Opposition to austerity has given new impetus to Scottish Nationalism yet independence would ironically mean Scots enduring more austerity
In a scathing post on his Mainly Macro blog, Oxford Uni economics professor Simon Wren-Lewis dissects the claims made about the fiscal position of an independent Scotland. He observes that the’ independent and impartial’ IFS has indicated that an independent Scotland would be reliant for revenue on diminishing supplies of North Sea oil and tackling an ageing population. In addition, Wren-Lewis believes that being part of a currency union would mean Scotland having to pay more interest on its borrowing. The net effect of this would be to leave an independent Scotland looking at a much larger gap between the government’s revenues and its spending than would the UK as a whole.
He argues that the results would not be pretty:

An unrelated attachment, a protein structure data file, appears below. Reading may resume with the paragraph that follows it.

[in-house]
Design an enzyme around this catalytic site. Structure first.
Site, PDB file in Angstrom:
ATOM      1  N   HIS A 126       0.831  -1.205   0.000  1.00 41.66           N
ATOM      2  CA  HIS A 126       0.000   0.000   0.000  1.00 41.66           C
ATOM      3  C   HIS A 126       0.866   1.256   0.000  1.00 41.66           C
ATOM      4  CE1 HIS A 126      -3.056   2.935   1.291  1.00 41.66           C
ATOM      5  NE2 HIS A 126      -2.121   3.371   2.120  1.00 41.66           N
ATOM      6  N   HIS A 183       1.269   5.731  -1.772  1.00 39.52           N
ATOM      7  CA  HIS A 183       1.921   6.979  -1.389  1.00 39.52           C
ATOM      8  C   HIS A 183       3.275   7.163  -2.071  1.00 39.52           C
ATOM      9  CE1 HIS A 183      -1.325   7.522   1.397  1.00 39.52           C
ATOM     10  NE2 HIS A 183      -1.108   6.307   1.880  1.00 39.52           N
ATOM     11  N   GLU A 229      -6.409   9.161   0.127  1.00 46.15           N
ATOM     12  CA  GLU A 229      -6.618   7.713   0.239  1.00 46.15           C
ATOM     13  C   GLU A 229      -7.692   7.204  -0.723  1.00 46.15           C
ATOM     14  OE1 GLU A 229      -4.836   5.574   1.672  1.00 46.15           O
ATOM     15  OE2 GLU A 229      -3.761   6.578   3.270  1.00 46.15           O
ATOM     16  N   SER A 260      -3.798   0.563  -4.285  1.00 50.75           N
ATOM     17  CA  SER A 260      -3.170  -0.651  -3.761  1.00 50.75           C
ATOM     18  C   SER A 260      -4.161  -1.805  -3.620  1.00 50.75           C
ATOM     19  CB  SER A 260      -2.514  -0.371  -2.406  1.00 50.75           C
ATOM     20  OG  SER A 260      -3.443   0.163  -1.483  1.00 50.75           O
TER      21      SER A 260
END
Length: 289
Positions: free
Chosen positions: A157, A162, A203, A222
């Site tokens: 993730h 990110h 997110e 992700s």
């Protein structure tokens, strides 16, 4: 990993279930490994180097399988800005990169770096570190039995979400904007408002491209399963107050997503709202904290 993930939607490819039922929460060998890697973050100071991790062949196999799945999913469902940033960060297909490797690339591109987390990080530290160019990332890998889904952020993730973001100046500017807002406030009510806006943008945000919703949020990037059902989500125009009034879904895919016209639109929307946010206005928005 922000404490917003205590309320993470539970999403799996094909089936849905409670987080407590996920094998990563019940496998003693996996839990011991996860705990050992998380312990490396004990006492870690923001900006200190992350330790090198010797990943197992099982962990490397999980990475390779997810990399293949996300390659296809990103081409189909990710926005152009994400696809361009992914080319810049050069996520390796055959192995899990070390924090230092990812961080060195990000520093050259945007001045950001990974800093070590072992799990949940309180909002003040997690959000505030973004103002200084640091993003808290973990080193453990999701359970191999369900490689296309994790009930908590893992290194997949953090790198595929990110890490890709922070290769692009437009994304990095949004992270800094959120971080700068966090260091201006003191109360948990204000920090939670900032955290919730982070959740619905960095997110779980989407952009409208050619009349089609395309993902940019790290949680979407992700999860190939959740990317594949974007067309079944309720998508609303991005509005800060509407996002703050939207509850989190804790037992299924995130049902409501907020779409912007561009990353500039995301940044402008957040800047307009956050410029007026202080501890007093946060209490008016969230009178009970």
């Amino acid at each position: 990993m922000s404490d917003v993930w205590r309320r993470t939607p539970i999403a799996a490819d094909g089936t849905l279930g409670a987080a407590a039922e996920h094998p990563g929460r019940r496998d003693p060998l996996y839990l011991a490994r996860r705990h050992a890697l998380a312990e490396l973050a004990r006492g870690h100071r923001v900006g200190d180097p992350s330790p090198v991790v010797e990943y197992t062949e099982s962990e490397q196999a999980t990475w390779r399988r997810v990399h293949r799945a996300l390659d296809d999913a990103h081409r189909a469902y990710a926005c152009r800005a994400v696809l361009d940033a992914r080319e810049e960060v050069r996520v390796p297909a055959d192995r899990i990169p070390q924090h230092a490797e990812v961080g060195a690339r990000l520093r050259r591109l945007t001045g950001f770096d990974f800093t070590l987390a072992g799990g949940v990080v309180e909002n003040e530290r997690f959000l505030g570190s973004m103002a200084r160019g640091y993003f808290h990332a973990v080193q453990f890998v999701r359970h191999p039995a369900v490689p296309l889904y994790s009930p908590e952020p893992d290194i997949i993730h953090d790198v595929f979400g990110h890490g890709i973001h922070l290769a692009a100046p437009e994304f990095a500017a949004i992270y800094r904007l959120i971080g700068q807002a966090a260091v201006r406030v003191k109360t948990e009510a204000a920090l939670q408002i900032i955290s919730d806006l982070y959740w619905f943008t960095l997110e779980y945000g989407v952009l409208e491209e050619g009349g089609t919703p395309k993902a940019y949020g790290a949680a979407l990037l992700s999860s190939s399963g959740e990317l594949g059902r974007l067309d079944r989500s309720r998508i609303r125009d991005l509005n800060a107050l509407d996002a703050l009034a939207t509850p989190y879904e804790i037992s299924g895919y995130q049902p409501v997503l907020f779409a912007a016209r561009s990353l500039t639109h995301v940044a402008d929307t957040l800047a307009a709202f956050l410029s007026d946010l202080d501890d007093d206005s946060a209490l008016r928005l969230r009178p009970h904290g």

Could Scotland just borrow more? I am all for borrowing to cover temporary reductions in income, due to recessions for example, which is why I have been so critical of current austerity. However, as the IFS show, North Sea oil income is falling long term, so this is not a temporary problem. Now it could be that the gap will be covered in the longer term by the kind of increases in productivity and labour supply that the Scottish government assume. Governments that try to borrow today in the hope of a more optimistic future are not behaving very responsibly. However it seems unlikely that Scotland would be able to behave irresponsibly, whatever the currency regime. They would either be stopped by fiscal rules imposed by the remaining UK, or markets that did not share the SNP’s optimism about longer term growth. So this means, over the next five or ten years, either additional spending cuts (to those already planned by the UK government), or (I hope more realistically) tax increases.Is this a knock down argument in favour of voting No. Of course not: there is nothing wrong in making a short term economic sacrifice for the hope of longer term benefits or for political goals. But that is not the SNP’s case, and it is not what they are telling the Scottish people. Is this deception deliberate? I suspect it is more the delusions of people who want something so much they cast aside all doubts and problems.This is certainly the impression I get from reading a lot of literature as I researched this post. The arguments in the Wee Blue Book are exactly that: no sustained economic argument, but just a collection of random quotes and debating points to make a problem go away. When the future fiscal position is raised, we are so often told about the past. I too think past North Sea oil was squandered, but grievance does not put money into a future Scottish government’s coffers. I read that forecasting the future is too uncertain, from people who I am sure think about their future income when planning their personal spending. I read about how economists are always disagreeing, when in this case they are pretty united. (Of course you can always find a few who think otherwise, just as you can find one or two who think austerity is expansionary.)